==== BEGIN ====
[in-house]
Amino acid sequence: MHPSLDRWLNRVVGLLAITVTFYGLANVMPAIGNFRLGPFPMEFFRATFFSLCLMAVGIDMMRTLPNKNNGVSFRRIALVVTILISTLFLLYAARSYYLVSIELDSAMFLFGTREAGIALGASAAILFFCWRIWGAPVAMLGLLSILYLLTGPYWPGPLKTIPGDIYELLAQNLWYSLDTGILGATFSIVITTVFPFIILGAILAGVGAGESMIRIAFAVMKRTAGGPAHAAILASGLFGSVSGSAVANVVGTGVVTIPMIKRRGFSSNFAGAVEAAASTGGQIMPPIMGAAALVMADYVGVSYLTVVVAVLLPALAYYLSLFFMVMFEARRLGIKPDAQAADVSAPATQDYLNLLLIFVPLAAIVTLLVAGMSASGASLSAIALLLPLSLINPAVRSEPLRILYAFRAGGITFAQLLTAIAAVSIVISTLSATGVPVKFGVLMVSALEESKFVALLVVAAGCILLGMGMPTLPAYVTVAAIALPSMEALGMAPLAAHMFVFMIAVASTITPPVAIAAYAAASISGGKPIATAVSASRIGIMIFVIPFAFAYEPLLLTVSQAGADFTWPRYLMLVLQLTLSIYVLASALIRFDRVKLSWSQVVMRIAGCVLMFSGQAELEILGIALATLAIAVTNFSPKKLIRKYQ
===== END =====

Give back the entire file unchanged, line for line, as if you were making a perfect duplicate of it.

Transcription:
[in-house]
Amino acid sequence: MHPSLDRWLNRVVGLLAITVTFYGLANVMPAIGNFRLGPFPMEFFRATFFSLCLMAVGIDMMRTLPNKNNGVSFRRIALVVTILISTLFLLYAARSYYLVSIELDSAMFLFGTREAGIALGASAAILFFCWRIWGAPVAMLGLLSILYLLTGPYWPGPLKTIPGDIYELLAQNLWYSLDTGILGATFSIVITTVFPFIILGAILAGVGAGESMIRIAFAVMKRTAGGPAHAAILASGLFGSVSGSAVANVVGTGVVTIPMIKRRGFSSNFAGAVEAAASTGGQIMPPIMGAAALVMADYVGVSYLTVVVAVLLPALAYYLSLFFMVMFEARRLGIKPDAQAADVSAPATQDYLNLLLIFVPLAAIVTLLVAGMSASGASLSAIALLLPLSLINPAVRSEPLRILYAFRAGGITFAQLLTAIAAVSIVISTLSATGVPVKFGVLMVSALEESKFVALLVVAAGCILLGMGMPTLPAYVTVAAIALPSMEALGMAPLAAHMFVFMIAVASTITPPVAIAAYAAASISGGKPIATAVSASRIGIMIFVIPFAFAYEPLLLTVSQAGADFTWPRYLMLVLQLTLSIYVLASALIRFDRVKLSWSQVVMRIAGCVLMFSGQAELEILGIALATLAIAVTNFSPKKLIRKYQ